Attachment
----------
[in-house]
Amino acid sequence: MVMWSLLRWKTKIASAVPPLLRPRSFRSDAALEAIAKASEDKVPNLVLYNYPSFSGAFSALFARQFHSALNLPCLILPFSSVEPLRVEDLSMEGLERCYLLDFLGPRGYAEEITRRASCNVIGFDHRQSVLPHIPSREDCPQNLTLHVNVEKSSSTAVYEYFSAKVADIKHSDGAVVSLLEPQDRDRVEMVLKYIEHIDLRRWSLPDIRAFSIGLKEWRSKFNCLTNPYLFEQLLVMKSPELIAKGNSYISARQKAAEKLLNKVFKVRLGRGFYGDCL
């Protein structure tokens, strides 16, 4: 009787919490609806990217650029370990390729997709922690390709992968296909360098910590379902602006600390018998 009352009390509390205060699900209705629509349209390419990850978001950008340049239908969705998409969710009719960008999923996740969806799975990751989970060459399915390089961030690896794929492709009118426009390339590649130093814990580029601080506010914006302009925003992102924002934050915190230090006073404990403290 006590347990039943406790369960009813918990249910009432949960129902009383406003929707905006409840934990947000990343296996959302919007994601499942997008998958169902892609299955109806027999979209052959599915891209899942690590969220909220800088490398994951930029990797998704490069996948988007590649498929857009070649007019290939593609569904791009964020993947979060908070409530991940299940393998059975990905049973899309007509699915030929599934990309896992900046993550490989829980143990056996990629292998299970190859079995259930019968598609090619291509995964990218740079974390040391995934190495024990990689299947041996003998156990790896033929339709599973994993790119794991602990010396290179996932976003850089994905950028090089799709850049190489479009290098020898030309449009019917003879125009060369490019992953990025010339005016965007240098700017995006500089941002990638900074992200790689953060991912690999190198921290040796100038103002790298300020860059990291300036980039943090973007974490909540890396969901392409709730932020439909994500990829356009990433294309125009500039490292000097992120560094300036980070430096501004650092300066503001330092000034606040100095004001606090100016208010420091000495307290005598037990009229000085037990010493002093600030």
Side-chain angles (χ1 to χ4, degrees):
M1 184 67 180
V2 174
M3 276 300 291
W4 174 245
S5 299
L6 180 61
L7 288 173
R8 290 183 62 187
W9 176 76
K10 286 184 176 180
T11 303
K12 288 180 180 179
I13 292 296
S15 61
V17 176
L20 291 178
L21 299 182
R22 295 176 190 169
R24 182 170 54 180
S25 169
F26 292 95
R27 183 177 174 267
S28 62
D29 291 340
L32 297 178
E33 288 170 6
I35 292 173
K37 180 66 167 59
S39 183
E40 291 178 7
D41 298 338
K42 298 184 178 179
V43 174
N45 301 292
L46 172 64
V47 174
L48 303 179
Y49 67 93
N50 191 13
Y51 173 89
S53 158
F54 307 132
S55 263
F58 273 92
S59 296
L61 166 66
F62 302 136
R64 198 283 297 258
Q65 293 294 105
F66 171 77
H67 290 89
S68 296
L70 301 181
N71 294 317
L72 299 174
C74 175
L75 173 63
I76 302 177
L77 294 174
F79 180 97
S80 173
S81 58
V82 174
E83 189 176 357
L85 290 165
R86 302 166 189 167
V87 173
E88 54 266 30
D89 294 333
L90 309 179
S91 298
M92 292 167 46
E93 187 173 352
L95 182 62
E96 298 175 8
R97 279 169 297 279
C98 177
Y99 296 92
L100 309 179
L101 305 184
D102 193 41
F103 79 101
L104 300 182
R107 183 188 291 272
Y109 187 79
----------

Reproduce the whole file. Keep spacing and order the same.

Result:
[in-house]
Amino acid sequence: MVMWSLLRWKTKIASAVPPLLRPRSFRSDAALEAIAKASEDKVPNLVLYNYPSFSGAFSALFARQFHSALNLPCLILPFSSVEPLRVEDLSMEGLERCYLLDFLGPRGYAEEITRRASCNVIGFDHRQSVLPHIPSREDCPQNLTLHVNVEKSSSTAVYEYFSAKVADIKHSDGAVVSLLEPQDRDRVEMVLKYIEHIDLRRWSLPDIRAFSIGLKEWRSKFNCLTNPYLFEQLLVMKSPELIAKGNSYISARQKAAEKLLNKVFKVRLGRGFYGDCL
């Protein structure tokens, strides 16, 4: 009787919490609806990217650029370990390729997709922690390709992968296909360098910590379902602006600390018998 009352009390509390205060699900209705629509349209390419990850978001950008340049239908969705998409969710009719960008999923996740969806799975990751989970060459399915390089961030690896794929492709009118426009390339590649130093814990580029601080506010914006302009925003992102924002934050915190230090006073404990403290 006590347990039943406790369960009813918990249910009432949960129902009383406003929707905006409840934990947000990343296996959302919007994601499942997008998958169902892609299955109806027999979209052959599915891209899942690590969220909220800088490398994951930029990797998704490069996948988007590649498929857009070649007019290939593609569904791009964020993947979060908070409530991940299940393998059975990905049973899309007509699915030929599934990309896992900046993550490989829980143990056996990629292998299970190859079995259930019968598609090619291509995964990218740079974390040391995934190495024990990689299947041996003998156990790896033929339709599973994993790119794991602990010396290179996932976003850089994905950028090089799709850049190489479009290098020898030309449009019917003879125009060369490019992953990025010339005016965007240098700017995006500089941002990638900074992200790689953060991912690999190198921290040796100038103002790298300020860059990291300036980039943090973007974490909540890396969901392409709730932020439909994500990829356009990433294309125009500039490292000097992120560094300036980070430096501004650092300066503001330092000034606040100095004001606090100016208010420091000495307290005598037990009229000085037990010493002093600030």
Side-chain angles (χ1 to χ4, degrees):
M1 184 67 180
V2 174
M3 276 300 291
W4 174 245
S5 299
L6 180 61
L7 288 173
R8 290 183 62 187
W9 176 76
K10 286 184 176 180
T11 303
K12 288 180 180 179
I13 292 296
S15 61
V17 176
L20 291 178
L21 299 182
R22 295 176 190 169
R24 182 170 54 180
S25 169
F26 292 95
R27 183 177 174 267
S28 62
D29 291 340
L32 297 178
E33 288 170 6
I35 292 173
K37 180 66 167 59
S39 183
E40 291 178 7
D41 298 338
K42 298 184 178 179
V43 174
N45 301 292
L46 172 64
V47 174
L48 303 179
Y49 67 93
N50 191 13
Y51 173 89
S53 158
F54 307 132
S55 263
F58 273 92
S59 296
L61 166 66
F62 302 136
R64 198 283 297 258
Q65 293 294 105
F66 171 77
H67 290 89
S68 296
L70 301 181
N71 294 317
L72 299 174
C74 175
L75 173 63
I76 302 177
L77 294 174
F79 180 97
S80 173
S81 58
V82 174
E83 189 176 357
L85 290 165
R86 302 166 189 167
V87 173
E88 54 266 30
D89 294 333
L90 309 179
S91 298
M92 292 167 46
E93 187 173 352
L95 182 62
E96 298 175 8
R97 279 169 297 279
C98 177
Y99 296 92
L100 309 179
L101 305 184
D102 193 41
F103 79 101
L104 300 182
R107 183 188 291 272
Y109 187 79